What problems can polycystic ovarian syndrome cause?

Dr. Jessica A. Shepherd, MD
OBGYN (Obstetrician & Gynecologist)

Health risks associated with polycystic ovary syndrome (PCOS) include an increased risk for all the conditions associated with obesity. In this video, OBGYN specialist Jessica Shepherd, MD, discusses these risks and how infertility is connected.

Polycystic ovary syndrome (PCOS) has a genetic component and can lead to insulin resistance and diabetes if left untreated. There is also a risk for endometrial disease, including endometrial polyps or even hyperplasia or cancer if left untreated for many years.

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In its most severe form, polycystic ovary syndrome (PCOS) is characterized by overproduction of the male hormone testosterone, which can cause male-pattern hair growth, acne or hair loss, and menstrual abnormalities related to the failure to ovulate. But Susan Davis, MD, a UCLA endocrinologist, notes that 60-80 percent of women with PCOS—and 95 percent of obese PCOS women—also have resistance to the action of insulin, putting them at increased risk for abnormal glucose utilization, type 2 diabetes and premature cardiovascular disease. “PCOS can adversely affect the health of a woman by increasing her risk for numerous problems, including infertility, obstetrical complications, diabetes, cardiovascular disease and mood disorders,” Dr. Davis says.

Women with polycystic ovarian syndrome (PCOS) can be at an increased risk for developing several other conditions. Irregular menstrual periods and the absence of ovulation cause women to produce estrogen, but not progesterone. Without progesterone, which causes the endometrium to shed each month as a menstrual period, the endometrium may grow too much and undergo cell changes. This is a pre-cancerous condition called endometrial hyperplasia. If the thickened endometrium is not treated, over a long period of time it may turn into endometrial cancer. PCOS also is linked to other diseases that occur later in life, such as insulin resistance, type 2 diabetes, high cholesterol, hardening of the arteries (atherosclerosis), high blood pressure and heart disease.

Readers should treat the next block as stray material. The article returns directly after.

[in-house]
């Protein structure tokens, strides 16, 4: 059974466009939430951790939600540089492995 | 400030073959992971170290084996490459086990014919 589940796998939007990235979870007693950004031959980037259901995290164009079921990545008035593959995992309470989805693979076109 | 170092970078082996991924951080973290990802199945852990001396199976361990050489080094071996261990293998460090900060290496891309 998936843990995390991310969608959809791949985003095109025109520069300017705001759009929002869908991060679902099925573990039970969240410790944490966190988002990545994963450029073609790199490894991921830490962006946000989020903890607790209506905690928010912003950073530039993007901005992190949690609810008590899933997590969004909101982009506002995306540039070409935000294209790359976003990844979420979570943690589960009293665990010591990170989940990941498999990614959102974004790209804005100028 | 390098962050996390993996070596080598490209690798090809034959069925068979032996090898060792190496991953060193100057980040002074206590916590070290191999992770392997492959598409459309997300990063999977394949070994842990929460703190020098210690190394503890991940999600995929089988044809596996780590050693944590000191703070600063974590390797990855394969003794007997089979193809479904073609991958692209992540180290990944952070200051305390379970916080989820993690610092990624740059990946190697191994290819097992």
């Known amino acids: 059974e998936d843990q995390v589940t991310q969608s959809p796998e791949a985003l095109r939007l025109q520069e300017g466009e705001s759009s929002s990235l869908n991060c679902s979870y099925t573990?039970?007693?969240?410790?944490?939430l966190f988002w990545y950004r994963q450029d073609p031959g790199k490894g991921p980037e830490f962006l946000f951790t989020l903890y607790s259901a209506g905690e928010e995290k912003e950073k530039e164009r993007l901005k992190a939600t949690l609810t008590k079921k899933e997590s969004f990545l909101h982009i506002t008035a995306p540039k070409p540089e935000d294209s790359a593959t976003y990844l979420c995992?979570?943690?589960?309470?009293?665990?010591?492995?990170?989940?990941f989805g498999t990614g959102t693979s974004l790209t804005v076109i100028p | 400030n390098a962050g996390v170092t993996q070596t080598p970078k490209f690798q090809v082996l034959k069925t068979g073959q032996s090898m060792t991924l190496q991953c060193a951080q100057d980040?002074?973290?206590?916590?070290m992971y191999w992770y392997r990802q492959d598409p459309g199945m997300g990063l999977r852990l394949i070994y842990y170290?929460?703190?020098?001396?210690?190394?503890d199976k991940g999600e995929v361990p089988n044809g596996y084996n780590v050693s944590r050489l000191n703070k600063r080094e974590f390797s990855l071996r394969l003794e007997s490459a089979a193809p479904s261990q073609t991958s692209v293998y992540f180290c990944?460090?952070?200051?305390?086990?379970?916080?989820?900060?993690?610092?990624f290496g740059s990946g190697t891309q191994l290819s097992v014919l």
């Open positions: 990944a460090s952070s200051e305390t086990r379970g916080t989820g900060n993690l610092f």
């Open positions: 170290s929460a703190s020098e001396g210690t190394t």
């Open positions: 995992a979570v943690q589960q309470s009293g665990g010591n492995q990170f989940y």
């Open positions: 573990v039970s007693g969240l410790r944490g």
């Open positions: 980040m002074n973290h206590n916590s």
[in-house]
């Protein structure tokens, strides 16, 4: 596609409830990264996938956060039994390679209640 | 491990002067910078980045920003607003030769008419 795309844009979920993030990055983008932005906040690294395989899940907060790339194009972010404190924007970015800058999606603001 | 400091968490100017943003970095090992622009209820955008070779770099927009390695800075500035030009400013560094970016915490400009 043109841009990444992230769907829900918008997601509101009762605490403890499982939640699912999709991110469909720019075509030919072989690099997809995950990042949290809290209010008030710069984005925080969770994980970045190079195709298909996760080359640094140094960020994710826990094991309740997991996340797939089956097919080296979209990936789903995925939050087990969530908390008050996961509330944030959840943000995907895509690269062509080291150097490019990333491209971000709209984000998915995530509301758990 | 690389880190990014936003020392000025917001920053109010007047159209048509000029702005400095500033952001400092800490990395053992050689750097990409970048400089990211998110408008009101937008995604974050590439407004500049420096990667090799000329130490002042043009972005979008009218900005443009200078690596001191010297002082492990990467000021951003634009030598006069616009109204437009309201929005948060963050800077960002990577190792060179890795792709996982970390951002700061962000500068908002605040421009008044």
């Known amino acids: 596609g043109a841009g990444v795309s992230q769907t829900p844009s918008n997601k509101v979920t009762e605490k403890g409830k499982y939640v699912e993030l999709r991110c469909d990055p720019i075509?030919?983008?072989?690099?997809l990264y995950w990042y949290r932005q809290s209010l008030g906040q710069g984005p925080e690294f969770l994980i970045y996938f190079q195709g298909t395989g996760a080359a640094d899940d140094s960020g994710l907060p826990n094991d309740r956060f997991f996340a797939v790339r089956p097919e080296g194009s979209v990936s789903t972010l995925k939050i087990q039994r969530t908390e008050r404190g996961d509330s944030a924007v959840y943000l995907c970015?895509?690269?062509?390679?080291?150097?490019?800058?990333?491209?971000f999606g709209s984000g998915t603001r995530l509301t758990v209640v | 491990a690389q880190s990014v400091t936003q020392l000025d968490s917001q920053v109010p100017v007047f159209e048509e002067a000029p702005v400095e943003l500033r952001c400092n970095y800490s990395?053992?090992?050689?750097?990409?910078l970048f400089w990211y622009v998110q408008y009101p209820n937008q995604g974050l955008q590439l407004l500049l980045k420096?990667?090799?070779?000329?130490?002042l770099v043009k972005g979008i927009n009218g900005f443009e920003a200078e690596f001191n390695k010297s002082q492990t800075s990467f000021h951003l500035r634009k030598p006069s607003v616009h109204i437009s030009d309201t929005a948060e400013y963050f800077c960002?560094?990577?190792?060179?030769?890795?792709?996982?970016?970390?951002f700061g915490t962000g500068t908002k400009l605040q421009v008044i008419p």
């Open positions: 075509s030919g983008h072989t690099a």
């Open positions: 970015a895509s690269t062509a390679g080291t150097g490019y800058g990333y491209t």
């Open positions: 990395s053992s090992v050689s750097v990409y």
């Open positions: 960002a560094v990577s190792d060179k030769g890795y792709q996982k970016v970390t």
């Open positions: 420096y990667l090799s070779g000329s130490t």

Depression or mood swings also are common in women with PCOS. Although more research is needed to find out about this link, there are studies linking depression to diabetes. Therefore, in PCOS, depression may be related to insulin resistance. It also could be a result of the hormonal imbalances and the cosmetic symptoms of the condition. Acne, hair loss and other symptoms of PCOS can lead to poor self-esteem. Infertility and miscarriages also can be very stressful. Medications that restore the balance to hormone levels or antidepressants can help these feelings.

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Important: This content reflects information from various individuals and organizations and may offer alternative or opposing points of view. It should not be used for medical advice, diagnosis or treatment. As always, you should consult with your healthcare provider about your specific health needs.